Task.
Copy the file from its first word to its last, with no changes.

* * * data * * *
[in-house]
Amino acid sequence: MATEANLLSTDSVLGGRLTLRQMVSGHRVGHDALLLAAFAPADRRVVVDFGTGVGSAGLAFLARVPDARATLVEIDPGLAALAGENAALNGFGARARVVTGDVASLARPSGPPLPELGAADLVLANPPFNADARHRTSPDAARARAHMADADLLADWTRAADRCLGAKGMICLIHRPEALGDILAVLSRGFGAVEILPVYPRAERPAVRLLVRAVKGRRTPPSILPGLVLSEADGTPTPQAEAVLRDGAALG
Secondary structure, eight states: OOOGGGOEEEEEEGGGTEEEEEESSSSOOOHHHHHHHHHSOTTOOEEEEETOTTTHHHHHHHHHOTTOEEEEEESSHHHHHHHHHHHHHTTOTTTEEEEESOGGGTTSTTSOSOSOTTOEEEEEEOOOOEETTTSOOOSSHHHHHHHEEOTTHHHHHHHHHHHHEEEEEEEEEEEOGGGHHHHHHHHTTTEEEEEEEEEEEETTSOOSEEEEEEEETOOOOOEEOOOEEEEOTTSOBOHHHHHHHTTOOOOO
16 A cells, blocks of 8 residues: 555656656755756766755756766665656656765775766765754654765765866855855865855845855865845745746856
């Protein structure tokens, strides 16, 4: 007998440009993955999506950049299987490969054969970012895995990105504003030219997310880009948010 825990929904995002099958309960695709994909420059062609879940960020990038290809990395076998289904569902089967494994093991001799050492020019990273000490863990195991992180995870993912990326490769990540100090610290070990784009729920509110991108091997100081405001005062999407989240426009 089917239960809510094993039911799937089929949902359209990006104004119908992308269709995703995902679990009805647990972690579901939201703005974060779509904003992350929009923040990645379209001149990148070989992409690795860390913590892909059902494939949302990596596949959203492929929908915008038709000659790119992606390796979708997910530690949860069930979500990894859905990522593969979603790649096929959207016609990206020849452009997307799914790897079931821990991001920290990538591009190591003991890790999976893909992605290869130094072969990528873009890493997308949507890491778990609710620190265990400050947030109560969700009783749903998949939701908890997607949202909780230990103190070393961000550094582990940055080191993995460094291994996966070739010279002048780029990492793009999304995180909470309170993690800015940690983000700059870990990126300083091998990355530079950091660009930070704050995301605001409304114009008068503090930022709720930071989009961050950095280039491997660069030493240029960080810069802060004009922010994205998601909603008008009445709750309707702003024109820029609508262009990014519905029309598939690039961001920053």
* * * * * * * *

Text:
[in-house]
Amino acid sequence: MATEANLLSTDSVLGGRLTLRQMVSGHRVGHDALLLAAFAPADRRVVVDFGTGVGSAGLAFLARVPDARATLVEIDPGLAALAGENAALNGFGARARVVTGDVASLARPSGPPLPELGAADLVLANPPFNADARHRTSPDAARARAHMADADLLADWTRAADRCLGAKGMICLIHRPEALGDILAVLSRGFGAVEILPVYPRAERPAVRLLVRAVKGRRTPPSILPGLVLSEADGTPTPQAEAVLRDGAALG
Secondary structure, eight states: OOOGGGOEEEEEEGGGTEEEEEESSSSOOOHHHHHHHHHSOTTOOEEEEETOTTTHHHHHHHHHOTTOEEEEEESSHHHHHHHHHHHHHTTOTTTEEEEESOGGGTTSTTSOSOSOTTOEEEEEEOOOOEETTTSOOOSSHHHHHHHEEOTTHHHHHHHHHHHHEEEEEEEEEEEOGGGHHHHHHHHTTTEEEEEEEEEEEETTSOOSEEEEEEEETOOOOOEEOOOEEEEOTTSOBOHHHHHHHTTOOOOO
16 A cells, blocks of 8 residues: 555656656755756766755756766665656656765775766765754654765765866855855865855845855865845745746856
């Protein structure tokens, strides 16, 4: 007998440009993955999506950049299987490969054969970012895995990105504003030219997310880009948010 825990929904995002099958309960695709994909420059062609879940960020990038290809990395076998289904569902089967494994093991001799050492020019990273000490863990195991992180995870993912990326490769990540100090610290070990784009729920509110991108091997100081405001005062999407989240426009 089917239960809510094993039911799937089929949902359209990006104004119908992308269709995703995902679990009805647990972690579901939201703005974060779509904003992350929009923040990645379209001149990148070989992409690795860390913590892909059902494939949302990596596949959203492929929908915008038709000659790119992606390796979708997910530690949860069930979500990894859905990522593969979603790649096929959207016609990206020849452009997307799914790897079931821990991001920290990538591009190591003991890790999976893909992605290869130094072969990528873009890493997308949507890491778990609710620190265990400050947030109560969700009783749903998949939701908890997607949202909780230990103190070393961000550094582990940055080191993995460094291994996966070739010279002048780029990492793009999304995180909470309170993690800015940690983000700059870990990126300083091998990355530079950091660009930070704050995301605001409304114009008068503090930022709720930071989009961050950095280039491997660069030493240029960080810069802060004009922010994205998601909603008008009445709750309707702003024109820029609508262009990014519905029309598939690039961001920053």